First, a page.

His voice is dull, bloodless. She would never recognize him; she knows that now. But what has caused this? "Danny, how are you?"
He doesn't answer; not directly. "C.J., I want you to have something."
"What?" She fights the rising panic. It's hopeless; a whole fucked-up mess with only one key, and she does not have it.
Now he's rambling, rambling, gabbling of Bartlet, Gail, Hoynes, his pencils, the Newseum, who shot Josh Lyman? C.J. is terrified. This is too big for her to stop. She does not like the feeling of being out of control. She's confused; where is this going?
She tries what she can. "Danny, stop it. You're scaring me."
Like magic he slows. "There's nothing for *you* to be scared of."
She takes the conversation in the direction she thinks it should go. "Is there anything for you to be scared of?"
Danny laughs, once: a short exhalation that expiates some of the misery that permeates the line. "I'll tell you. The worst."
"Living." The word is whispered, a combination exhortation and irritation. "Scared of living."
C.J.'s confused, scared, not certain of what her next move should be. She has the sensation of a chess game, but some of the pieces are lying, shattered in half. "Danny, are you drunk?"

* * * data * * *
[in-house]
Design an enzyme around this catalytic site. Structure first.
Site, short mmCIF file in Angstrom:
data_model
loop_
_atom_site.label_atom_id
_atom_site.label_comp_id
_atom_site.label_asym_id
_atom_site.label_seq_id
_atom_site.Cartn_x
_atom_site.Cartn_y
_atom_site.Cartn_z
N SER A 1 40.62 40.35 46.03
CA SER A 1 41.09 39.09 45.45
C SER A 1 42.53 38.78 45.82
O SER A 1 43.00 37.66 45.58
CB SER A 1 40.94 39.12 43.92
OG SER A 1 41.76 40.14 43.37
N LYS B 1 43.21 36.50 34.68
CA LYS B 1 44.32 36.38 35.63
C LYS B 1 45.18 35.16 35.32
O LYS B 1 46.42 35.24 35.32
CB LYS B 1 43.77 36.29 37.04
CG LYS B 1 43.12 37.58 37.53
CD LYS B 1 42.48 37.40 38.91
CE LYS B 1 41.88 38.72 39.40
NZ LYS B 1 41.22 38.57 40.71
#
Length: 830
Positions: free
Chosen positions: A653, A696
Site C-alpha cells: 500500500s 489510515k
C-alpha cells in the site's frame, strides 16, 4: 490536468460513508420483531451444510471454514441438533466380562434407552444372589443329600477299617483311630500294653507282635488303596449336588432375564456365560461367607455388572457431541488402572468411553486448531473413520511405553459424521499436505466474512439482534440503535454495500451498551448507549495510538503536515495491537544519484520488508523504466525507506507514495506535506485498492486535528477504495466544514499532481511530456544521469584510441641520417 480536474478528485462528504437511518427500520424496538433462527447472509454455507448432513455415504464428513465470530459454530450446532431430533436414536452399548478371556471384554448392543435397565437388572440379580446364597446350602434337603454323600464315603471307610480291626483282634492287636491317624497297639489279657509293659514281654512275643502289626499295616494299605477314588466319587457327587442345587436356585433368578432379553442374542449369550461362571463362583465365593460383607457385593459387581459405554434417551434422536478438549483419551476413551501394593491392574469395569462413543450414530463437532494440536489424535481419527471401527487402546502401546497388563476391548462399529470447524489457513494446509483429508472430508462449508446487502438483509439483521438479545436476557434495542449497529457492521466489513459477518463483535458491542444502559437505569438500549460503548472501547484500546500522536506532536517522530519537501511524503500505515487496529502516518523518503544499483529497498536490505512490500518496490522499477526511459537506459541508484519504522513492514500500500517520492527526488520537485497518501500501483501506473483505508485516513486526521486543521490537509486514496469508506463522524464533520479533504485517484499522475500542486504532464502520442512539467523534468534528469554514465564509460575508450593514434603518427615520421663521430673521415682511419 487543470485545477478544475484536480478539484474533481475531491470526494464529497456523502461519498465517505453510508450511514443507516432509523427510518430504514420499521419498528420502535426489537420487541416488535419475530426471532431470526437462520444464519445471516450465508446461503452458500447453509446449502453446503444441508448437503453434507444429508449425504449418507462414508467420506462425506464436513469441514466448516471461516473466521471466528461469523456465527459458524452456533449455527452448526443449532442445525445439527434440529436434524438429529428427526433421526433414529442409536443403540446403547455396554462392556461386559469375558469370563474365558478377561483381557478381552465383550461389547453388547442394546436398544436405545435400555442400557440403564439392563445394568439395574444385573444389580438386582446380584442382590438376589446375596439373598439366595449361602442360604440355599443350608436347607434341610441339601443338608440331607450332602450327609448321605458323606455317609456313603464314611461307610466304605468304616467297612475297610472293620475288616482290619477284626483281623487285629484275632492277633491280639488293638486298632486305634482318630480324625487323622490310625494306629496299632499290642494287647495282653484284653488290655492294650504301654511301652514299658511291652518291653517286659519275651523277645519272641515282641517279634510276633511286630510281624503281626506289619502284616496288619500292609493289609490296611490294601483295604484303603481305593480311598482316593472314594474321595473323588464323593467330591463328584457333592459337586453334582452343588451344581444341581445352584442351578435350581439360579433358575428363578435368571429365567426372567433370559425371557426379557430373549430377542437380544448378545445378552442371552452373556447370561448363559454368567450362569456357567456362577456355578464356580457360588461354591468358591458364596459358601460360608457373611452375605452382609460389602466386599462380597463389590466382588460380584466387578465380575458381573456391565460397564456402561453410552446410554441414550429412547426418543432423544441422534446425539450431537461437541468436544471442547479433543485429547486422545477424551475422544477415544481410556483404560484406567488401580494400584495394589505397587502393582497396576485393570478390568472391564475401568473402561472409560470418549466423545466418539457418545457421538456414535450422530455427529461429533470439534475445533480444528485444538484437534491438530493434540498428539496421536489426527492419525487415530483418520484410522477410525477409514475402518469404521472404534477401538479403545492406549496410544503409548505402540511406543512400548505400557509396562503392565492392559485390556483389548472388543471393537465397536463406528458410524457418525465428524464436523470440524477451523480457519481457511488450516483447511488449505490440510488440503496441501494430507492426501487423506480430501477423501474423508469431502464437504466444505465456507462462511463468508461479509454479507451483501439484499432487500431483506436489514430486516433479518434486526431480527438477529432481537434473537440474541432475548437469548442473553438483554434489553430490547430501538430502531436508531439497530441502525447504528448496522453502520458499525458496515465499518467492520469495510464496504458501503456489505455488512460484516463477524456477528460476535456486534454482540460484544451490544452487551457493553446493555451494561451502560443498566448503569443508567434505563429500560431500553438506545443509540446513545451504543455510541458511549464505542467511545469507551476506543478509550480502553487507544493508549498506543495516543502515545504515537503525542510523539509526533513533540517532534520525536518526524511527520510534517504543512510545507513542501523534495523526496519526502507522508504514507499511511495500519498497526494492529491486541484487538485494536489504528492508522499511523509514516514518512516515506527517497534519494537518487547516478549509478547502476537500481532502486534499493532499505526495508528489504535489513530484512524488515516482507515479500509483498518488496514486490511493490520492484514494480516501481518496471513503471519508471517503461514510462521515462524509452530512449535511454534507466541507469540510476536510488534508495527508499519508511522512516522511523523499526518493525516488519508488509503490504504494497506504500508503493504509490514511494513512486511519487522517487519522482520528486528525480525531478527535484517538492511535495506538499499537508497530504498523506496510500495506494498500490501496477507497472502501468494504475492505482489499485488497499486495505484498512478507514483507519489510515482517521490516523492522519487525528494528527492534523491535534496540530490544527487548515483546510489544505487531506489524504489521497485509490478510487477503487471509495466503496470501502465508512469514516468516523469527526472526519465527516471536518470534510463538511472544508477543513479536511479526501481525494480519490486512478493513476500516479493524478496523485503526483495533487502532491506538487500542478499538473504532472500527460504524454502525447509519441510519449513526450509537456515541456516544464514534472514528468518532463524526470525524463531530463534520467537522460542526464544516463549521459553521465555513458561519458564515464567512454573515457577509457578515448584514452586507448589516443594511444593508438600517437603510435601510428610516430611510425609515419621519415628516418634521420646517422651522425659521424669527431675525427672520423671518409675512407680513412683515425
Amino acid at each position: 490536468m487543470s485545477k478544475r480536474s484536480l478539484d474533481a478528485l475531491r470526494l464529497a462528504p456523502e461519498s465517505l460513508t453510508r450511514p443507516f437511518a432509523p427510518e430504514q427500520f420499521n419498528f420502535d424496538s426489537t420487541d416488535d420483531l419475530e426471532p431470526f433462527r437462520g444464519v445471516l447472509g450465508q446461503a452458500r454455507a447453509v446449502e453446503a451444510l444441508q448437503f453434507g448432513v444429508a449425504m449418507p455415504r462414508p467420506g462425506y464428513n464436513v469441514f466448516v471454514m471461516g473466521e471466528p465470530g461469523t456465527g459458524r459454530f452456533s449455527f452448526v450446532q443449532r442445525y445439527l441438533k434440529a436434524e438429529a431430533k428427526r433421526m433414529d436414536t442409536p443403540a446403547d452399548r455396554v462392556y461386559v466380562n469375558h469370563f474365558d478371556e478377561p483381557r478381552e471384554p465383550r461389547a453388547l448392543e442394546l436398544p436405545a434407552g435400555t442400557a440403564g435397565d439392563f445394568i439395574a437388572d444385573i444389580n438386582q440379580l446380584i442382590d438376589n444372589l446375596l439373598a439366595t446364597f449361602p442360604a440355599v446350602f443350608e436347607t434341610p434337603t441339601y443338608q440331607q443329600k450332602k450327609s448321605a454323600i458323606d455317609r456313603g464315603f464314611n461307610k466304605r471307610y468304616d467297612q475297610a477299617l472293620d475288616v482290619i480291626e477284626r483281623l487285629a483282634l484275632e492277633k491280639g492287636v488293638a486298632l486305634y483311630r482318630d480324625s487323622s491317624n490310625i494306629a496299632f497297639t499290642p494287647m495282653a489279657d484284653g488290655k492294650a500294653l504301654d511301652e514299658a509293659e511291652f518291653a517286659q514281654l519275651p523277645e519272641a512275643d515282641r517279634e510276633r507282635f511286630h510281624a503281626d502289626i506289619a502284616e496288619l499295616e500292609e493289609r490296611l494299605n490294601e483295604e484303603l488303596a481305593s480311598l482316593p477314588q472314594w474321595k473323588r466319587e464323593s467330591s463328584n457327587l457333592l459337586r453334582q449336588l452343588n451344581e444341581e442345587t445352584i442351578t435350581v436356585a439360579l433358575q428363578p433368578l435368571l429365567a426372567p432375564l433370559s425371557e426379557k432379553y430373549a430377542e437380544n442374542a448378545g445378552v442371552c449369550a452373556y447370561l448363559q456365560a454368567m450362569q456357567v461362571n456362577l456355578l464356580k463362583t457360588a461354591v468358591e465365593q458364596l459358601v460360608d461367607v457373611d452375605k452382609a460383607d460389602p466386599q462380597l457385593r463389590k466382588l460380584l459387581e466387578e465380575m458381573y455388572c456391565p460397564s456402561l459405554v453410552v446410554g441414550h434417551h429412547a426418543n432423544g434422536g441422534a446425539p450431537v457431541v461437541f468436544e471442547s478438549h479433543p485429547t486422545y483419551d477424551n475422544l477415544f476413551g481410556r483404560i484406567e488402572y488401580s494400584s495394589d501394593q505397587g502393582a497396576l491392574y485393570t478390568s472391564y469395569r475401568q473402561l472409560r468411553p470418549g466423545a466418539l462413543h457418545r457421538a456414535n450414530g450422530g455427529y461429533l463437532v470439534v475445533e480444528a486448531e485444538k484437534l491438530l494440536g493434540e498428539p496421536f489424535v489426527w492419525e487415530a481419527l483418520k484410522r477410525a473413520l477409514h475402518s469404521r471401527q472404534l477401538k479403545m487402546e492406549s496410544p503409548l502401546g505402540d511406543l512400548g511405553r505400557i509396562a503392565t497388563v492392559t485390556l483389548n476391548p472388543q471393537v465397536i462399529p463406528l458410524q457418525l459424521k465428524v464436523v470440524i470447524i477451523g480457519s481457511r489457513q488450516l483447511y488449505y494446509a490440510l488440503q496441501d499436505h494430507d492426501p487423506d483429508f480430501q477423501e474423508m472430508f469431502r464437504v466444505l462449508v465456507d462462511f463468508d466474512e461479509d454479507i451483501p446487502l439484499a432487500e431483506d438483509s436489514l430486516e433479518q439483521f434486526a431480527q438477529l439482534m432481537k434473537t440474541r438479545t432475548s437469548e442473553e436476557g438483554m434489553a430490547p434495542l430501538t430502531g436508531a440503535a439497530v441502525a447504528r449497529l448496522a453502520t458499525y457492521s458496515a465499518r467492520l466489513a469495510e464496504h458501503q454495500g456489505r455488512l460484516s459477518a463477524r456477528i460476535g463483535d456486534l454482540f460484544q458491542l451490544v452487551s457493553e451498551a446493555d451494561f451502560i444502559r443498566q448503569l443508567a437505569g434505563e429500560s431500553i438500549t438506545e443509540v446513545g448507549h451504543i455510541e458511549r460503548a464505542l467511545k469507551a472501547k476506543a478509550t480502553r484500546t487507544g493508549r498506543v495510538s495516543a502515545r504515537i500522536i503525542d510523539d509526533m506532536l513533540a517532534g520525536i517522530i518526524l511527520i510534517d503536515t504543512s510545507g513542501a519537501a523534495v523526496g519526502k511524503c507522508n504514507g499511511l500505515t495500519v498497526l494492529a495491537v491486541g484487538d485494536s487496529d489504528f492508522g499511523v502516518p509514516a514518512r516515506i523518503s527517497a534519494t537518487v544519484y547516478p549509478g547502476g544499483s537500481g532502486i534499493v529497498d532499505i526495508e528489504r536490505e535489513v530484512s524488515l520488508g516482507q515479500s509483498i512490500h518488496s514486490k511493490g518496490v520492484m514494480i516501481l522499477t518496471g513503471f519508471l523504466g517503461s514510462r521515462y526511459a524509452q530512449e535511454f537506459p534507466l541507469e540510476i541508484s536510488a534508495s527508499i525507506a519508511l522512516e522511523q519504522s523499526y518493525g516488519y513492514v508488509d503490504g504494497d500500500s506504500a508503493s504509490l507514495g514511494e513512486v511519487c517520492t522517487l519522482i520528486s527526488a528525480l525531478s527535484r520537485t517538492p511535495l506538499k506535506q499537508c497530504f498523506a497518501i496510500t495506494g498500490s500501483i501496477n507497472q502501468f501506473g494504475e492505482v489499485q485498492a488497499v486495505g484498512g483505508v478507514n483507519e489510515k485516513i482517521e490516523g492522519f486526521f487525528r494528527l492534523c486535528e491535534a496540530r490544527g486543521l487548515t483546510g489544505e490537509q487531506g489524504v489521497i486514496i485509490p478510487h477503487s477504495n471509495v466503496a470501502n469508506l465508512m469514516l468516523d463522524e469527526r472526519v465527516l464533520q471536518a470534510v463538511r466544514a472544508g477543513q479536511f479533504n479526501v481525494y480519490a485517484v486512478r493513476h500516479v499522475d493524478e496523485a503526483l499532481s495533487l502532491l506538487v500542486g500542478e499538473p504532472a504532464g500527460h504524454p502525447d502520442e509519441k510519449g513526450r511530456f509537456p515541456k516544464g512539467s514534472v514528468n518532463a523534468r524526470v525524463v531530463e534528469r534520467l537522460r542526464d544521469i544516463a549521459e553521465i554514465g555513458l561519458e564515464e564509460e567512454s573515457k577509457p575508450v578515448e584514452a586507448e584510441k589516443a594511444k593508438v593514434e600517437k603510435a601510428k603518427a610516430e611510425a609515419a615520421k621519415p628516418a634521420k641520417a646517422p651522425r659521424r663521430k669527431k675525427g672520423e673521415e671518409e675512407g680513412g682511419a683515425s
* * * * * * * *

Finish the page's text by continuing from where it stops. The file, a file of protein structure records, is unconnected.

He snorts. "Of course not. That would be too ordinary."
She doesn't know what to say, so she directs her thoughts to her supposedly invaluable reason. "Danny, what's wrong? You're scaring me. I mean it."
Danny sighs and stops talking cosmic bullshit. "I just wanted to say hello."
C.J., though slightly relieved, is more than a bit incensed. "That's all you wanted to say and you scare me with this shit? Go to hell, Danny!"
There is silence on the other end of the line. Finally, he speaks. "It's been a while, hasn't it, C.J.?"
"Yeah." C.J. says tonelessly. What is he leading to?
"There's been so many times when I wanted to call you." Danny pauses, and only then does she hear the weariness in his voice.
"Believe me, C.J., there were times when I'd lie awake in some hotel thinking that I should pick up the phone." He stops, and the last words of his thoughts are couched in whispered defeat, an acquiescence that brings tears to her eyes. "But I just could not call."
"Why?" In spite of herself she asks. "What the hell made you think that you couldn't come to me?"
"What the hell made you think I could come to you?"
The insult is rapid fire. But it isn't really meant as an insult; just a statement of fact. Yet it leaves her cold and gasping.
They'd talked for hours, with Danny hinting around the edges of his problems and C.J. trying so hard in vain to help him. Now on the phone with Josh, she knew what had to be done.
"Josh, I gotta go." Her voice was low and quiet, suffused with low tension.
He read it instantly. "Be careful." Of what she's not sure, but she takes his warning well.
"I will." They hung up and C.J. moved away.
She knocks on his door. The building has a fašade that reminds her of Danny himself: crumbling majesty. The loyal footsoldier, stricken because his empire is falling apart. She's had a haunted look in her face lately, and she imagines he's felt the same.